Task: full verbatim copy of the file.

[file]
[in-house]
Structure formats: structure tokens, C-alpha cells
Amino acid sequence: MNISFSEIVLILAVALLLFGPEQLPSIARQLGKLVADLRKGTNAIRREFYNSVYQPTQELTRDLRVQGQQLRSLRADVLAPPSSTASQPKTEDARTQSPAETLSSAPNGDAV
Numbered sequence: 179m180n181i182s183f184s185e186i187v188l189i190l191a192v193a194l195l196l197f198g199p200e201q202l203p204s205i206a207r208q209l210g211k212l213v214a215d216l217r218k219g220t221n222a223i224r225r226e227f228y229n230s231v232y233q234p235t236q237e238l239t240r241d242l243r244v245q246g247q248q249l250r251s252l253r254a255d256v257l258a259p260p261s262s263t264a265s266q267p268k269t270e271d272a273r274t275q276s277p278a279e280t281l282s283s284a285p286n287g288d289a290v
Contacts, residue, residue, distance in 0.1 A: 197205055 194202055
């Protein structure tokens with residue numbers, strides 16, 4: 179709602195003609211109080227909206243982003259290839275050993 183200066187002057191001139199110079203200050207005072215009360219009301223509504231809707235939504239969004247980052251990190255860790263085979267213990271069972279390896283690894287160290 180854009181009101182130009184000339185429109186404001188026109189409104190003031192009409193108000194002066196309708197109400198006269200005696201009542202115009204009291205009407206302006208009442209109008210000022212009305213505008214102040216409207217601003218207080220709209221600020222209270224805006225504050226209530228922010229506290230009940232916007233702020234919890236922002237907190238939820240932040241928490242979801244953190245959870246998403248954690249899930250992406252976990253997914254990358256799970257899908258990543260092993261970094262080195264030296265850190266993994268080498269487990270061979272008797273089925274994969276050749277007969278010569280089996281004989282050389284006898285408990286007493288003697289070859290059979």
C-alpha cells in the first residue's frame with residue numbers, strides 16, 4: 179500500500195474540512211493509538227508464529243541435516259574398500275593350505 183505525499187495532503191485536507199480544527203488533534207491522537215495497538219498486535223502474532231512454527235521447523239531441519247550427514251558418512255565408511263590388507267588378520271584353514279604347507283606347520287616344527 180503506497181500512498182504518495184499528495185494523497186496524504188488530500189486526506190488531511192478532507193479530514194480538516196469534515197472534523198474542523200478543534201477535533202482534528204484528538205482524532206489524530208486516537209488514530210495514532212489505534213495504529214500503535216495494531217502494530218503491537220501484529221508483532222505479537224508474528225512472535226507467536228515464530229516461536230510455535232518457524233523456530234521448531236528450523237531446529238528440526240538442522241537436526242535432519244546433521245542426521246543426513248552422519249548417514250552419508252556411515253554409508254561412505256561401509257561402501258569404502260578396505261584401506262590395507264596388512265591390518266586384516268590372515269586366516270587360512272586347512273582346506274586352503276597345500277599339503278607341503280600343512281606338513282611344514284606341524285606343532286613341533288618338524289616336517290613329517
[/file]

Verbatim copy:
[in-house]
Structure formats: structure tokens, C-alpha cells
Amino acid sequence: MNISFSEIVLILAVALLLFGPEQLPSIARQLGKLVADLRKGTNAIRREFYNSVYQPTQELTRDLRVQGQQLRSLRADVLAPPSSTASQPKTEDARTQSPAETLSSAPNGDAV
Numbered sequence: 179m180n181i182s183f184s185e186i187v188l189i190l191a192v193a194l195l196l197f198g199p200e201q202l203p204s205i206a207r208q209l210g211k212l213v214a215d216l217r218k219g220t221n222a223i224r225r226e227f228y229n230s231v232y233q234p235t236q237e238l239t240r241d242l243r244v245q246g247q248q249l250r251s252l253r254a255d256v257l258a259p260p261s262s263t264a265s266q267p268k269t270e271d272a273r274t275q276s277p278a279e280t281l282s283s284a285p286n287g288d289a290v
Contacts, residue, residue, distance in 0.1 A: 197205055 194202055
């Protein structure tokens with residue numbers, strides 16, 4: 179709602195003609211109080227909206243982003259290839275050993 183200066187002057191001139199110079203200050207005072215009360219009301223509504231809707235939504239969004247980052251990190255860790263085979267213990271069972279390896283690894287160290 180854009181009101182130009184000339185429109186404001188026109189409104190003031192009409193108000194002066196309708197109400198006269200005696201009542202115009204009291205009407206302006208009442209109008210000022212009305213505008214102040216409207217601003218207080220709209221600020222209270224805006225504050226209530228922010229506290230009940232916007233702020234919890236922002237907190238939820240932040241928490242979801244953190245959870246998403248954690249899930250992406252976990253997914254990358256799970257899908258990543260092993261970094262080195264030296265850190266993994268080498269487990270061979272008797273089925274994969276050749277007969278010569280089996281004989282050389284006898285408990286007493288003697289070859290059979």
C-alpha cells in the first residue's frame with residue numbers, strides 16, 4: 179500500500195474540512211493509538227508464529243541435516259574398500275593350505 183505525499187495532503191485536507199480544527203488533534207491522537215495497538219498486535223502474532231512454527235521447523239531441519247550427514251558418512255565408511263590388507267588378520271584353514279604347507283606347520287616344527 180503506497181500512498182504518495184499528495185494523497186496524504188488530500189486526506190488531511192478532507193479530514194480538516196469534515197472534523198474542523200478543534201477535533202482534528204484528538205482524532206489524530208486516537209488514530210495514532212489505534213495504529214500503535216495494531217502494530218503491537220501484529221508483532222505479537224508474528225512472535226507467536228515464530229516461536230510455535232518457524233523456530234521448531236528450523237531446529238528440526240538442522241537436526242535432519244546433521245542426521246543426513248552422519249548417514250552419508252556411515253554409508254561412505256561401509257561402501258569404502260578396505261584401506262590395507264596388512265591390518266586384516268590372515269586366516270587360512272586347512273582346506274586352503276597345500277599339503278607341503280600343512281606338513282611344514284606341524285606343532286613341533288618338524289616336517290613329517